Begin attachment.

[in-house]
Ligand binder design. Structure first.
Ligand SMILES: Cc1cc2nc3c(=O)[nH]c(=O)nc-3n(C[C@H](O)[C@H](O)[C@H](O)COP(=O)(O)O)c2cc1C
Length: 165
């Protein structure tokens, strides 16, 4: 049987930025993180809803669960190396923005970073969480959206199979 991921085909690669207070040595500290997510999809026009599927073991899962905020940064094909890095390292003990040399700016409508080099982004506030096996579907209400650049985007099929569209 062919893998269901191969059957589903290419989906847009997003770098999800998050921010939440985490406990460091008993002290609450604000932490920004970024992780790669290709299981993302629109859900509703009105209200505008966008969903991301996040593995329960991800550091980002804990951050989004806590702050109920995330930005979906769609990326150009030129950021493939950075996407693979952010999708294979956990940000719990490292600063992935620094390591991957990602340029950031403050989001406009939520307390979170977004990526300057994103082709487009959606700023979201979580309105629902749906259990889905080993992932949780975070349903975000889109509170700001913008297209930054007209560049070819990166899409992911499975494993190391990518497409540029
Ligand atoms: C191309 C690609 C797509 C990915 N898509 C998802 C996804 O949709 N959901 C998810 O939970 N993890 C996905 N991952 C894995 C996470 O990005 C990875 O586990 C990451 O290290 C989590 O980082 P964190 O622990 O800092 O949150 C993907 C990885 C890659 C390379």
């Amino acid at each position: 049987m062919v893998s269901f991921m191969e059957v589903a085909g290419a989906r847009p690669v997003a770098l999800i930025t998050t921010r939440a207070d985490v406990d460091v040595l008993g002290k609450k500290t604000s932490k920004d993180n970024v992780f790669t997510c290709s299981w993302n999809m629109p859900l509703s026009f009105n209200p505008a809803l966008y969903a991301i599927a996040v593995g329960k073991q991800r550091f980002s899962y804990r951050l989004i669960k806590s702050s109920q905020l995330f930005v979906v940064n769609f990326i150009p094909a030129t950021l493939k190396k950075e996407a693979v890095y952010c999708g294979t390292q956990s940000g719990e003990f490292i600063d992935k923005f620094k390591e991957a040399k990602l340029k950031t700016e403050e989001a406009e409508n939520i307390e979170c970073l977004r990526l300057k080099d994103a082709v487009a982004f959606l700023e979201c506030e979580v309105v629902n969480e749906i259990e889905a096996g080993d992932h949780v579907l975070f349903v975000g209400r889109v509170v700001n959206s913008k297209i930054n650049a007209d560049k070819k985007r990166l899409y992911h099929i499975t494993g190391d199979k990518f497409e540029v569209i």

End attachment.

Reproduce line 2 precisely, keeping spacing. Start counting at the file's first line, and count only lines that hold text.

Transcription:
Ligand binder design. Structure first.